<Biml xmlns="http://schemas.varigence.com/biml.xsd">
  <Packages>
    <Package Name="BimlPackageConfigurations" ConstraintMode="Linear">
      <PackageConfigurations>
        <PackageConfiguration Name="Configuration">
          <ExternalFileInput ExternalFilePath="C:\SSIS\Configuration.dtsConfig" />
        </PackageConfiguration>
        <PackageConfiguration Name="BimlSource" ConnectionName="Configurations">
          <ExternalTableInput Table="[dbo].[SSIS Configurations]" />
        </PackageConfiguration>
        <PackageConfiguration Name="BimlDestination" ConnectionName="Configurations">
          <ExternalTableInput Table="[dbo].[SSIS Configurations]" />
        </PackageConfiguration>
      </PackageConfigurations>
      <Connections>
        <Connection ConnectionName="Configurations" />
        <Connection ConnectionName="BimlSource" />
        <Connection ConnectionName="BimlDestination" />
      </Connections>
 
      <!-- Added: Variables -->
      <Variables>
        <Variable Name="ParentPackageID" DataType="Int32" InheritFromPackageParentConfigurationString="PackageID">0</Variable>
      </Variables>
      <!-------------->
 
    </Package>
  </Packages>
  <Connections>
    <OleDbConnection Name="Configurations" ConnectionString="Data Source=.\SQL2012;Initial Catalog=Configurations;Provider=SQLNCLI11.1;Integrated Security=SSPI;Auto Translate=False;" />
    <OleDbConnection Name="BimlSource" ConnectionString="Data Source=.\SQL2012;Initial Catalog=BimlSource;Provider=SQLNCLI11.1;Integrated Security=SSPI;Auto Translate=False;" />
    <OleDbConnection Name="BimlDestination" ConnectionString="Data Source=.\SQL2012;Initial Catalog=BimlDestination;Provider=SQLNCLI11.1;Integrated Security=SSPI;Auto Translate=False;" />
  </Connections>
</Biml>

When you Generate SSIS Packages and re-open the BimlPackageConfigurations.dtsx package, you will see that you have got a Parent package configuration and the ParentPackageID variable with the aqua triangle, just by adding the attribute InheritFromPackageParentConfigurationString to a Variable.

Conclusion
This post is a basic introduction to Package Configurations and Connection Managers in Biml. It shows how to add an XML configuration file Package Configuration that points to the [SSIS Configurations] table where all other configurations are stored, how to get the other configurations from the [SSIS Configurations] table, and how to create the Connection Managers used in the package. It also shows how to add a Parent package variable. I hope new Biml developers will find it useful!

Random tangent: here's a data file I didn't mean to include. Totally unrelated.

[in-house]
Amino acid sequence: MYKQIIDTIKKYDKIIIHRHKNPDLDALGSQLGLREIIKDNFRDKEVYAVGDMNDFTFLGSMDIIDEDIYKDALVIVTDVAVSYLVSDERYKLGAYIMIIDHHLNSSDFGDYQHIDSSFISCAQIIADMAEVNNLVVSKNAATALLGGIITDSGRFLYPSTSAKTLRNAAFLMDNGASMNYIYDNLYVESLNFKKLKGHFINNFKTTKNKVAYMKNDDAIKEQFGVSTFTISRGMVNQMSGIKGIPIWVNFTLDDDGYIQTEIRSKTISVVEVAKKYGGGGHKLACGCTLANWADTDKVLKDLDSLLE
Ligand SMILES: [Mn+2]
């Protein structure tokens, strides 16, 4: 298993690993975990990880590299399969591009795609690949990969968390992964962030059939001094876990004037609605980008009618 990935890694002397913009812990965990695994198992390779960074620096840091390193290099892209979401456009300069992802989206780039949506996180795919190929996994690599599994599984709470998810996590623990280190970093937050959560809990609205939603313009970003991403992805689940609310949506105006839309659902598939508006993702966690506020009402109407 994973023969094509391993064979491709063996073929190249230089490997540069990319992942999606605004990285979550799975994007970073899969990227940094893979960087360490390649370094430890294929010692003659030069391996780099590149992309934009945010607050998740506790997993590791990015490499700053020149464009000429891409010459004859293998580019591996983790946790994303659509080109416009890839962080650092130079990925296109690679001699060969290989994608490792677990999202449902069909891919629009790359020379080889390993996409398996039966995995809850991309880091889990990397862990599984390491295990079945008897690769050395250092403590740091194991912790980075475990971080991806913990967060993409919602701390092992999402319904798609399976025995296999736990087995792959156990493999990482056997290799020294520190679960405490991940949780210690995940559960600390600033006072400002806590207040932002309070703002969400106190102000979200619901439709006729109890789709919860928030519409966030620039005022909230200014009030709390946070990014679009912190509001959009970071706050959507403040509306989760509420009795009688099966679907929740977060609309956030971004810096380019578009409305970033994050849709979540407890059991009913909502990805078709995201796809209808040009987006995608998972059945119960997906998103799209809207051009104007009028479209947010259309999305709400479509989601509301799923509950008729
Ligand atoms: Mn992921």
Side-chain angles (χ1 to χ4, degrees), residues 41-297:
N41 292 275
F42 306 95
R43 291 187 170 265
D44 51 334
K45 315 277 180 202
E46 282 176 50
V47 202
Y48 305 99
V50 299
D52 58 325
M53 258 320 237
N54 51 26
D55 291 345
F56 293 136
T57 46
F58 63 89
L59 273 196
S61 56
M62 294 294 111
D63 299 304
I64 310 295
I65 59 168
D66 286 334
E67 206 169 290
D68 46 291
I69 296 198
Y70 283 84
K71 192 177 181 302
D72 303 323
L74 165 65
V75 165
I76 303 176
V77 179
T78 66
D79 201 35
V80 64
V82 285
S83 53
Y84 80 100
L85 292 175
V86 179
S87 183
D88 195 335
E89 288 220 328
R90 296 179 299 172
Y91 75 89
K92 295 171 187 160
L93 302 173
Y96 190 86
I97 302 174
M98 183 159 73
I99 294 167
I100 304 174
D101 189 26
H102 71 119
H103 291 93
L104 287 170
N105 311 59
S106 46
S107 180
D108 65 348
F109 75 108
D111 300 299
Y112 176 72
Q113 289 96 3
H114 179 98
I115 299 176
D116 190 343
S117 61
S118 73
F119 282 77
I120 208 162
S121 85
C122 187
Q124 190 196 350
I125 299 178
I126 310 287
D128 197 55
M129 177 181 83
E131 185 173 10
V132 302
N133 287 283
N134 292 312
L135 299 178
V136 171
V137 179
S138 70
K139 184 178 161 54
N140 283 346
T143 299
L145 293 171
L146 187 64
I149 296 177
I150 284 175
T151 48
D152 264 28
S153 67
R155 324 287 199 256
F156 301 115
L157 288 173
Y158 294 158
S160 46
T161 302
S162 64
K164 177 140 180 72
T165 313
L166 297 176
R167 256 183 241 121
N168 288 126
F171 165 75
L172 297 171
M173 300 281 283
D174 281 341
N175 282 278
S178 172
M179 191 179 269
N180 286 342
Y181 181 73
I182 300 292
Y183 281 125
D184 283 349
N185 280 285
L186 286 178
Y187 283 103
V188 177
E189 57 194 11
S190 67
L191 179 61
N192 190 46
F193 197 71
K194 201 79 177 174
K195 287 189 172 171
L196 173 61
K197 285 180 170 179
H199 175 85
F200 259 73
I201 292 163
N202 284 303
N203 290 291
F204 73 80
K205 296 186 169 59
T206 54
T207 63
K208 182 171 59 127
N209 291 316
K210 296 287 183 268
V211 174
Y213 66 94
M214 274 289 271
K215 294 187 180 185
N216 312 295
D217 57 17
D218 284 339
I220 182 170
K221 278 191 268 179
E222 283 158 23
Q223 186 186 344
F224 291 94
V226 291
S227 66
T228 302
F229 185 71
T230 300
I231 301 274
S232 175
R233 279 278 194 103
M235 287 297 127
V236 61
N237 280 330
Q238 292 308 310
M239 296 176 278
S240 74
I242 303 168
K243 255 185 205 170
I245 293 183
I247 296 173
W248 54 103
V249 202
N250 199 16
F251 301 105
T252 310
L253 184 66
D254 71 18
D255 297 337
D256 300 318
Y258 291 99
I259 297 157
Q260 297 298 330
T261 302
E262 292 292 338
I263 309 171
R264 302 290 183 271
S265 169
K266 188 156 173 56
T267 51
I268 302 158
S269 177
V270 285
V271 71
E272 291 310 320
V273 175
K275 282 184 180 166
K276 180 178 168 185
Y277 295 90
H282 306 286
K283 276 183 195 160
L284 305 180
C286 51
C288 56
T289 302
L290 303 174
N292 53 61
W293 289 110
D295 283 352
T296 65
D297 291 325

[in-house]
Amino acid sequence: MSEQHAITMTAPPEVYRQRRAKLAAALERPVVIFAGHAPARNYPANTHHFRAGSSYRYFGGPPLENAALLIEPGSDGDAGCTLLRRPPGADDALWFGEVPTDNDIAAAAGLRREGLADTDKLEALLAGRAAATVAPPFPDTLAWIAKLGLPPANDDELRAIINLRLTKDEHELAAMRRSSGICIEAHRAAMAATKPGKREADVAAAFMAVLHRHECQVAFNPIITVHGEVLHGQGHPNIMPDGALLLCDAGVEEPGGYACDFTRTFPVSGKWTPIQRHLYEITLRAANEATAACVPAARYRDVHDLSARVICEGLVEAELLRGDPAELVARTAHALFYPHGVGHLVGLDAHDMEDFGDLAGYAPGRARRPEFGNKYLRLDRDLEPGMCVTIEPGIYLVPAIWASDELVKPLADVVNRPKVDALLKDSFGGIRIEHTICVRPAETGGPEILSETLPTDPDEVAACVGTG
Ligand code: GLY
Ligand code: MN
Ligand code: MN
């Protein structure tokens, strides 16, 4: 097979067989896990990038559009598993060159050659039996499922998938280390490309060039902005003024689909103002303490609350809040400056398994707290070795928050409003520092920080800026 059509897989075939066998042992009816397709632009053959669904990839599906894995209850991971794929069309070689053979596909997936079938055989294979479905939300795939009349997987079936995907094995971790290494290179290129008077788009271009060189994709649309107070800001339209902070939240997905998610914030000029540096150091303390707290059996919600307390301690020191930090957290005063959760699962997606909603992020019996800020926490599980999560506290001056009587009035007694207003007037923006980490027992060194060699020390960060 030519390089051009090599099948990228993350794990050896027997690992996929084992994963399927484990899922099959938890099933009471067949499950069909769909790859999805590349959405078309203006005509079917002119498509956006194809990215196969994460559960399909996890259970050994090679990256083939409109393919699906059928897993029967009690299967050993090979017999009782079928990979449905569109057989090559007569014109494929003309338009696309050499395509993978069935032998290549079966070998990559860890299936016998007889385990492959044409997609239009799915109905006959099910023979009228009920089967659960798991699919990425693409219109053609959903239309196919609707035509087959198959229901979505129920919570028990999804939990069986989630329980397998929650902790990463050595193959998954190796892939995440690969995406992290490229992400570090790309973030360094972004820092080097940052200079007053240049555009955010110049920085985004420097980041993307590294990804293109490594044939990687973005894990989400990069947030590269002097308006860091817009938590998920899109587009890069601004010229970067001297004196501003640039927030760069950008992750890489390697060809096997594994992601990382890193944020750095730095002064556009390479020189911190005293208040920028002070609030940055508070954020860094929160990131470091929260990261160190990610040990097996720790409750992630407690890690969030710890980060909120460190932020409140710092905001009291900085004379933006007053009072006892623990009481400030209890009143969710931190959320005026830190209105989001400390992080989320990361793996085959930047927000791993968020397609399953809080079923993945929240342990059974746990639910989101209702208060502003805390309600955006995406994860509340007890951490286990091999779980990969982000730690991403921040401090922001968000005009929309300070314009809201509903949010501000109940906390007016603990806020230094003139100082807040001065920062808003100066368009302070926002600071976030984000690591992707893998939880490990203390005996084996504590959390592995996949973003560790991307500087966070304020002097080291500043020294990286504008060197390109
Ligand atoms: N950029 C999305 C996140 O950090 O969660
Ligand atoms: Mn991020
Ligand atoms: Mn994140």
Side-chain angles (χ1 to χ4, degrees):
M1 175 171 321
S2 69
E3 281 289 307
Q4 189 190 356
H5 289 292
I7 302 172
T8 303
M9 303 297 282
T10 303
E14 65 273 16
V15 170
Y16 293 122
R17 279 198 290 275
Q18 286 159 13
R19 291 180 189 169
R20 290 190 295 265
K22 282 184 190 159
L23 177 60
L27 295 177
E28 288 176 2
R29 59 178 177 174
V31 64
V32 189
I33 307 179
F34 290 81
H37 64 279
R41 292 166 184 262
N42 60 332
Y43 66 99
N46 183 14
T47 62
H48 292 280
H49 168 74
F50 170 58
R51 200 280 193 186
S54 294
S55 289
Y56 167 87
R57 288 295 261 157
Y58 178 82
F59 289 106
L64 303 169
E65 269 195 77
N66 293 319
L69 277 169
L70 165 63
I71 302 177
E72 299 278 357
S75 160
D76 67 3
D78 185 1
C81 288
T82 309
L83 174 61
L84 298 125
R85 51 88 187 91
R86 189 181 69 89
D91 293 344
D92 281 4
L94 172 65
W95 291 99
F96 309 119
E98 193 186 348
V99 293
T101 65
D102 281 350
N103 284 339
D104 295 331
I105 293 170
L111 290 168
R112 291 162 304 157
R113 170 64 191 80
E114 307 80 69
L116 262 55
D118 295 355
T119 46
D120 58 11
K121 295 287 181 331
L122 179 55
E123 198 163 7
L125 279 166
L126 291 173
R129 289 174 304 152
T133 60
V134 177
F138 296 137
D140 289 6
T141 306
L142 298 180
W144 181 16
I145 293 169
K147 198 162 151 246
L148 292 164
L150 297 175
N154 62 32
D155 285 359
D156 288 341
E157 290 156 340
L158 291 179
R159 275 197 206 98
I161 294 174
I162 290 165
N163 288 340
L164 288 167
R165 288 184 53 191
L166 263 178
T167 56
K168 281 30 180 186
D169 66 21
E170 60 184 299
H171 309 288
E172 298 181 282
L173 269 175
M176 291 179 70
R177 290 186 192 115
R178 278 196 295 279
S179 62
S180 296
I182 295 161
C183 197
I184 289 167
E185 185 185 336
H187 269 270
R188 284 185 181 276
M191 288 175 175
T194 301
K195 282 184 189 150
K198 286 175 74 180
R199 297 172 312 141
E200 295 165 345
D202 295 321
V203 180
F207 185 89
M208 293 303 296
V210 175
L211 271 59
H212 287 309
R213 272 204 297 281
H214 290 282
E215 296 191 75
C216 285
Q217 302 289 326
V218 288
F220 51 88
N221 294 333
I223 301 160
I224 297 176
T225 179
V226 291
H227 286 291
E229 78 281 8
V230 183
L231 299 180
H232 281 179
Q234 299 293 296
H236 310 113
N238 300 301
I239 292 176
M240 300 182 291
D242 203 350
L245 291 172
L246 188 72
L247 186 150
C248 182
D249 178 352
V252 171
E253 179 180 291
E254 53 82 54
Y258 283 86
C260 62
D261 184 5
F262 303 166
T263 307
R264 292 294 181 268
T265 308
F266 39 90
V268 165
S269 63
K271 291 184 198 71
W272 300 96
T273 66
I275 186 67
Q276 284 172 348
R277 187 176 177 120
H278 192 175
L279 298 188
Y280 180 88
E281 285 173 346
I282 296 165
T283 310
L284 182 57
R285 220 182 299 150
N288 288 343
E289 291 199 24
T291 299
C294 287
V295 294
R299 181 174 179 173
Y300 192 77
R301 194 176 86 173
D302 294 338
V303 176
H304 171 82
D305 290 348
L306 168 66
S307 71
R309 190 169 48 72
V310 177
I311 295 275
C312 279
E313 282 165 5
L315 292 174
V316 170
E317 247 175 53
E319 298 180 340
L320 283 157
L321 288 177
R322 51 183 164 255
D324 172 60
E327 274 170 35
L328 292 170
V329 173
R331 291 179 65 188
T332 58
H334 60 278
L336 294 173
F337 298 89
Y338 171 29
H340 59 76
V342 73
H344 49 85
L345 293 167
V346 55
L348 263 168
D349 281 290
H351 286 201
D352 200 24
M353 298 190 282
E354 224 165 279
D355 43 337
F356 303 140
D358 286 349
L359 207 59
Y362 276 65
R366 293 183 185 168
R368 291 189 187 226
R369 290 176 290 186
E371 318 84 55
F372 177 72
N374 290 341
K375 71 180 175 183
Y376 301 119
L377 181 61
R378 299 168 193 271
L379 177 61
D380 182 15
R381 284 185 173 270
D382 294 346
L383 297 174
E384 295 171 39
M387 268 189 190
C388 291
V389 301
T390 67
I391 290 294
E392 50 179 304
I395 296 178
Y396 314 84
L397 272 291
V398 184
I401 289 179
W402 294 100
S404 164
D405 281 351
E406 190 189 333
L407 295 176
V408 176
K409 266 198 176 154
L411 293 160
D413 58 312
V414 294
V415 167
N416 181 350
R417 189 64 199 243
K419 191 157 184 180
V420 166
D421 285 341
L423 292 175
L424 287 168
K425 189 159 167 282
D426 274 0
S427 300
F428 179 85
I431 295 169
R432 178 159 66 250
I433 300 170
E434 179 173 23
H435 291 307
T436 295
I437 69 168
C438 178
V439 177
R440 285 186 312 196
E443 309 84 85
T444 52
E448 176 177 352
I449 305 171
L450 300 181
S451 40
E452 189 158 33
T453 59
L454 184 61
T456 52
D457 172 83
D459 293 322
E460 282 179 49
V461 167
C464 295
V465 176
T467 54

SQL Server, SSIS and Biml Data Types

The table below shows a simplified mapping between SQL Server, SSIS (SQL Server Integration Services) and Biml (Business Intelligence Markup Language) data types. The current version of the table does not include all type systems, all possible mappings or all data types, but is instead meant as a quick reference while developing and learning Biml. It was mainly made as a cheat sheet for myself, but I hope other new Biml developers will find it useful. All columns are sortable.

SQL Server
SSIS
Biml
bigintDT_I8Int64
binaryDT_BYTESBinary
bitDT_BOOLBoolean
charDT_STRAnsiStringFixedLength
dateDT_DBDATEDate
datetimeDT_DBTIMESTAMPDateTime
datetime2DT_DBTIMESTAMP2DateTime2
datetimeoffsetDT_DBTIMESTAMPOFFSETDateTimeOffset
decimalDT_DECIMALDecimal
floatDT_R8Double
imageDT_IMAGEBinary
intDT_I4Int32
moneyDT_CYCurrency
ncharDT_WSTRStringFixedLength
ntextDT_NTEXTString
numericDT_NUMERICDecimal
nvarcharDT_WSTRString
realDT_R4Single
smalldatetimeDT_DBTIMESTAMPDateTime
smallintDT_I2Int16
smallmoneyDT_CYCurrency
sql_variantDT_WSTRObject
textDT_TEXTAnsiString
timeDT_DBTIME2Time
tinyintDT_UI1Byte
uniqueidentifierDT_GUIDGuid
varbinaryDT_BYTESBinary
varcharDT_STRAnsiString
xmlDT_WSTRXml

References
Matija Lah (b | t) wrote a great and thorough post about SQL Server Integration Services Data Types. I recommend reading this article for a better understanding of data types and type systems in SSIS.

Devin Knight (b | t) created the SSIS to SQL Server Data Type Translations conversion chart that I frequently used while learning SSIS.

Interviews as Learning Experiences